WARWICK, RI — Tuesday, Mayor Joseph J. Solomon joined Ward 6 City Councilwoman Donna Travis at the Seaview Drive parking area to announce $565,000 in water quality and coastal resiliency projects aimed at girding the neighborhood from projected sea level rise caused by global warming.
The projects, along Seaview Drive and Strand Avenue respectively, are expected to begin this fall and wrap in the spring of 2022.
“My team has been working on this project for several years, and I’m very excited that this work will improve the area in so many ways: we’re bolstering the shoreline to protect against erosion, increasing access to the water, and putting in vegetation that will help filter stormwater runoff instead of just running into the bay,” said Solomon
The RI Department of Environmental Management has awarded the City $400,000 from its Climate Resilience Grant Program for the project; additional funds are being allocated through the U.S. Housing & Urban Development Community Development Block Grant Program and the Coastal Resources Management Council’s (CRMC) Shoreline Adaptation Inventory and Design (SAID) program.
Solomon’s Oakland Beach Resiliency Initiative will include the removal of low-lying street pavement and parking that is currently vulnerable to coastal flooding. The project will also include the establishment of a vegetated coastal buffer, construction of structural and vegetative measures to treat stormwater runoff, planting of native vegetation, extension of a recreational walking path, and general improvements to the waterfront access corridors. The purpose of the project is to prevent erosion, protect existing infrastructure, enhance water quality, improve natural habitat, provide better public access, and preserve recreation opportunities for years to come.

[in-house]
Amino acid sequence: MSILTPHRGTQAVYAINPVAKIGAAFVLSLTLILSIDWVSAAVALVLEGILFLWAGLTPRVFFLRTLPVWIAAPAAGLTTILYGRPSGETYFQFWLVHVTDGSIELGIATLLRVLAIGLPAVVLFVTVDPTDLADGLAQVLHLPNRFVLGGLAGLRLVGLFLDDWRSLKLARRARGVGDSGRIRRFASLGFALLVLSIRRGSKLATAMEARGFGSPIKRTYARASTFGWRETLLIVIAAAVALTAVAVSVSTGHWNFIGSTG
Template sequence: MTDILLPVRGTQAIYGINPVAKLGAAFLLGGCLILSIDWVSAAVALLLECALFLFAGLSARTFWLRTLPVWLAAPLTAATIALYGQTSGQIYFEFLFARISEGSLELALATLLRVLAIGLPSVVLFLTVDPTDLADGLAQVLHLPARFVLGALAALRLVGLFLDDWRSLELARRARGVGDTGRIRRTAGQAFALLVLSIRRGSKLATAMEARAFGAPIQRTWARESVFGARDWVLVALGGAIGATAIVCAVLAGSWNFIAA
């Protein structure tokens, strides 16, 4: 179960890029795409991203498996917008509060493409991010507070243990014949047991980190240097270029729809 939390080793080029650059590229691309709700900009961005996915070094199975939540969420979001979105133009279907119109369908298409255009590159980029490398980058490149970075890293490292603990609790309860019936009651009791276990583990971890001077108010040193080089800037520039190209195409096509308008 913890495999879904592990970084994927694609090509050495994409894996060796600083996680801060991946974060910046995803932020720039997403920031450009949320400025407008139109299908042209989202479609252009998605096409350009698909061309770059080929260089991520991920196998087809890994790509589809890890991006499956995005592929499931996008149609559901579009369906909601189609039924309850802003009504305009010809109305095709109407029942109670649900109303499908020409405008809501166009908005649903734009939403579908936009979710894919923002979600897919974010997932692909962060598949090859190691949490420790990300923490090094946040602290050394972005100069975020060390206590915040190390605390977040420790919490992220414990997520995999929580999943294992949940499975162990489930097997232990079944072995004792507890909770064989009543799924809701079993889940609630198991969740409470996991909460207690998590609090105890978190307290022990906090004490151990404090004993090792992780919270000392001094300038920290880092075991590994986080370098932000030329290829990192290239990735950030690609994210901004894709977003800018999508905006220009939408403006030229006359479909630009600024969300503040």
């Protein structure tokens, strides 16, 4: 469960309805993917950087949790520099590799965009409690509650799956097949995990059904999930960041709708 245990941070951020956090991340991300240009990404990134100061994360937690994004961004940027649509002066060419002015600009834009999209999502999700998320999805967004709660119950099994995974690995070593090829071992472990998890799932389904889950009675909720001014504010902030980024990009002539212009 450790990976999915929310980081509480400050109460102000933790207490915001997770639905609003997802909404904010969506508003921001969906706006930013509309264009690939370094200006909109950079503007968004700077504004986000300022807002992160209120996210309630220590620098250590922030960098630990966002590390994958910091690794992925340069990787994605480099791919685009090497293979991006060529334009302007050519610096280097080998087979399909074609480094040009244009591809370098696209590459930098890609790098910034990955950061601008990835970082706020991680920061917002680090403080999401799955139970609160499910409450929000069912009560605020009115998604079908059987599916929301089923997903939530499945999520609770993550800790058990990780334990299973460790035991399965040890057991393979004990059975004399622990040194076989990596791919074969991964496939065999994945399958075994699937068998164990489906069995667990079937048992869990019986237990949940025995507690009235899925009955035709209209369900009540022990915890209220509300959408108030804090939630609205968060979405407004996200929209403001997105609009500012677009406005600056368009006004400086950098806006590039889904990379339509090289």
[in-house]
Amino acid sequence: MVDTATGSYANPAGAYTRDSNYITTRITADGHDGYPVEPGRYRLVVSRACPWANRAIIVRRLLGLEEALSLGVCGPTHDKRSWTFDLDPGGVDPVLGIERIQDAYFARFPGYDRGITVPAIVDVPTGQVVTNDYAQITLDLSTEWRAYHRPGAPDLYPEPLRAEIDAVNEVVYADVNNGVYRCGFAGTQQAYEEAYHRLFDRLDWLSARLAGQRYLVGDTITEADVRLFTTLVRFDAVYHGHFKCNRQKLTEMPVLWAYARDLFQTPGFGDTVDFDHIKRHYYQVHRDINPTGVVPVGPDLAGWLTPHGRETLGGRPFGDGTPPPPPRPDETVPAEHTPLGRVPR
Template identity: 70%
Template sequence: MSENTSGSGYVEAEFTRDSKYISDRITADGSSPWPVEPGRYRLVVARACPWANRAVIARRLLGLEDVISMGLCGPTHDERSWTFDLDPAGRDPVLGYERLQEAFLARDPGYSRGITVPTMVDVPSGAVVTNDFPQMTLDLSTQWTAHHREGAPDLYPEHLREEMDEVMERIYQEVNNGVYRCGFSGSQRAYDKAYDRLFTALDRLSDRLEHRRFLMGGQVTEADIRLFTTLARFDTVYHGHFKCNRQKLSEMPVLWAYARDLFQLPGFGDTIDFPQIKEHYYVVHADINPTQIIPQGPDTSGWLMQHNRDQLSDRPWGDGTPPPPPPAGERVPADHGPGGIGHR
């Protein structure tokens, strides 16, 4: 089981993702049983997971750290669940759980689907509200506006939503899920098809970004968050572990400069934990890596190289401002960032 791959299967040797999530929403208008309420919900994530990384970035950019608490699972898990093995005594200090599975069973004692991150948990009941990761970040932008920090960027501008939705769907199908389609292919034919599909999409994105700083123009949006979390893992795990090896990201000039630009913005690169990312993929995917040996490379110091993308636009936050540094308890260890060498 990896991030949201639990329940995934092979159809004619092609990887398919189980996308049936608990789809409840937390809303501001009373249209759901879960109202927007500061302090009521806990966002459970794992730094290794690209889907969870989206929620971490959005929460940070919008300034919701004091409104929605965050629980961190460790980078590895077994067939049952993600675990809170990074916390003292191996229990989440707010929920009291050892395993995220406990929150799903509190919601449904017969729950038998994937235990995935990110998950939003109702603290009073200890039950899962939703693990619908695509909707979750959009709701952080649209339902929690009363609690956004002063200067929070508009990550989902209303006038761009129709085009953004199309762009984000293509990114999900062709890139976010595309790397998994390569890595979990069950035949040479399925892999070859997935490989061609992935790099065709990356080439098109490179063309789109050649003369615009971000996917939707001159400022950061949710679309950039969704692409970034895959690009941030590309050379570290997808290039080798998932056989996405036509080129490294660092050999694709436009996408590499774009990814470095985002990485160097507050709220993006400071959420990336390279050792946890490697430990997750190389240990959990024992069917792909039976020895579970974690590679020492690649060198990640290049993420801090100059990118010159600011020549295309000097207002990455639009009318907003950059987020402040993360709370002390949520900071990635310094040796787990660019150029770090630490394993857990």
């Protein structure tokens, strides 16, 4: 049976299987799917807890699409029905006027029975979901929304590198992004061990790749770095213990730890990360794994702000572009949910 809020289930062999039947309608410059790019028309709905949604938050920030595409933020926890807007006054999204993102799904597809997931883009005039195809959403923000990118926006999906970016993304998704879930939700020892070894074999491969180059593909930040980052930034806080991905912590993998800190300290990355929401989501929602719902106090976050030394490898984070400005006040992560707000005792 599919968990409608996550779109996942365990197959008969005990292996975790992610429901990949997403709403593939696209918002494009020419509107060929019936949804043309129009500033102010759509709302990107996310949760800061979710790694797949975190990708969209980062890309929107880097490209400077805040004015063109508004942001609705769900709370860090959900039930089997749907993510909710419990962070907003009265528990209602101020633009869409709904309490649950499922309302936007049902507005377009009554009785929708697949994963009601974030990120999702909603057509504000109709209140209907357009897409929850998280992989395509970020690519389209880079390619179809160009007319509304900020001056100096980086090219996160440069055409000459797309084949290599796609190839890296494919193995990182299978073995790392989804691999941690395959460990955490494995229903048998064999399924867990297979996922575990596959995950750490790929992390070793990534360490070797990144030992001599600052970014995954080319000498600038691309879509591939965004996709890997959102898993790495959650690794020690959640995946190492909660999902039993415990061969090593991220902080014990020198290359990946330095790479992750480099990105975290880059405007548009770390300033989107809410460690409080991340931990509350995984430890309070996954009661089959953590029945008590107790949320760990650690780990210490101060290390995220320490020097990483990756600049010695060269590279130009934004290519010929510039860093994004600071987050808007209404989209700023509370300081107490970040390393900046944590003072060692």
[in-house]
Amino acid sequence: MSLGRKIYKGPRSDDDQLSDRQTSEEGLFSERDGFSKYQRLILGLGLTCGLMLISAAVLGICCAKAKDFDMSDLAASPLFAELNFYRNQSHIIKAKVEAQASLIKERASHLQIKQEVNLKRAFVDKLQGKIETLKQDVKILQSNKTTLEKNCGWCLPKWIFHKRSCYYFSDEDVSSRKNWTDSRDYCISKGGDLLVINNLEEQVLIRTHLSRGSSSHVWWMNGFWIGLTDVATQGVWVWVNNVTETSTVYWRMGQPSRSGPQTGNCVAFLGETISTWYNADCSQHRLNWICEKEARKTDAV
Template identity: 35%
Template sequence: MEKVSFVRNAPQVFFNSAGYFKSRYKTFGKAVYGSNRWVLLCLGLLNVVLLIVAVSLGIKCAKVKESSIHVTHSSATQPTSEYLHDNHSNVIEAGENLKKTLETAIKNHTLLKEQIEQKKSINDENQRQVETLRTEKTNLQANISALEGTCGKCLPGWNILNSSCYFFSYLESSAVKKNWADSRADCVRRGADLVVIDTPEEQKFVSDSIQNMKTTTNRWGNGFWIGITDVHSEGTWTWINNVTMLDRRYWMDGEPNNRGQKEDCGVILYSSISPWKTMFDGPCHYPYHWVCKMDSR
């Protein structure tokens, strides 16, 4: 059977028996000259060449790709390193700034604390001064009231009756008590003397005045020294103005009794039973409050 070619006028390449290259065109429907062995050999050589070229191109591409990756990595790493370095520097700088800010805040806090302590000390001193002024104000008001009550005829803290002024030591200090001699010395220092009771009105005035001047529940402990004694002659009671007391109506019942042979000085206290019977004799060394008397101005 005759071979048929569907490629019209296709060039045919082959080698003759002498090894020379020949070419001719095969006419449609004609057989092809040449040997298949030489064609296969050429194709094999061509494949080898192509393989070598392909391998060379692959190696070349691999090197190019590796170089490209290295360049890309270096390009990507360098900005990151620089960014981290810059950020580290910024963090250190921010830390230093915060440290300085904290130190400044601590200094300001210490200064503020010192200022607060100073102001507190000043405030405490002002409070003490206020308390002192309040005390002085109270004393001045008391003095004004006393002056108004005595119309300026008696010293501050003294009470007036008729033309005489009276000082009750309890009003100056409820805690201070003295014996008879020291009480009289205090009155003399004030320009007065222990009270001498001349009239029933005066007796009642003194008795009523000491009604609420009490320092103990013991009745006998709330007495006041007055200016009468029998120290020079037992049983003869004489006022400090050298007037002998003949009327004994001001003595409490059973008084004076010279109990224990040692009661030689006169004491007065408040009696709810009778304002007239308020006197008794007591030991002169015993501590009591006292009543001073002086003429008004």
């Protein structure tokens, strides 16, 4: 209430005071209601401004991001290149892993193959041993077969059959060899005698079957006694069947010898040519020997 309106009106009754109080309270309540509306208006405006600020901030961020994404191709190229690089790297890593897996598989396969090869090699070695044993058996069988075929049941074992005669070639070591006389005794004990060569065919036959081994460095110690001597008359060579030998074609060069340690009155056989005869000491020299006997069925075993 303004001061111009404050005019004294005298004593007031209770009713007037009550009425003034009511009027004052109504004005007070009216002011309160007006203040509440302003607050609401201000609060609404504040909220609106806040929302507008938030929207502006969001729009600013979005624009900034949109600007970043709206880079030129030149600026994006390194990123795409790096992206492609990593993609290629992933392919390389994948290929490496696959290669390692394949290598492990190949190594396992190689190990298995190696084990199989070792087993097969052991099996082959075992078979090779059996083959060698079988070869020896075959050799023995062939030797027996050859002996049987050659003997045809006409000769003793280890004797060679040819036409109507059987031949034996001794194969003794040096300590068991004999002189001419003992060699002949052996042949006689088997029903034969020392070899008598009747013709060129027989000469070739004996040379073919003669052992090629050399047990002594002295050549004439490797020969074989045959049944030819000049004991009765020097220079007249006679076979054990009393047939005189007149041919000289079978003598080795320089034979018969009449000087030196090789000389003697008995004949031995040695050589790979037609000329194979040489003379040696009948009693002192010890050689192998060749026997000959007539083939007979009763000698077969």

Solomon stated that when the project is completed, a portion of the existing parking area will be preserved and supplemented to give neighborhood residents, as well as visitors, direct access to waterfront areas and expanded recreational opportunities. The existing coastal walking path, located on the south side of Strand Avenue, will be extended north to Suburban Parkway. New, informal pathways will maintain and enhance access to the beach area. Additional improvements to pathways will increase access for individuals with disabilities. Interpretive signage will be installed to convey the rich cultural history of the area, as well as educate the public about this unique coastal habitat and efforts to improve resiliency and water quality. All of these enhancements will be made while simultaneously reducing the amount of pavement and unnecessary built infrastructure, increasing coastal habitats, addressing water quality issues, and improving overall resiliency.
The Mayor noted that without some type of mitigating actions, coastal flooding associated with sea level rise and associated erosion is expected to significantly impact the waterfront along Seaview Drive and could begin to displace residential dwellings in the area. The establishment of the vegetated coastal buffer and reduction of impervious surfaces, as set forth in the scope of this project, will help slow erosion, reduce flooding, improve water quality, and expand natural habitat along this important coastal barrier.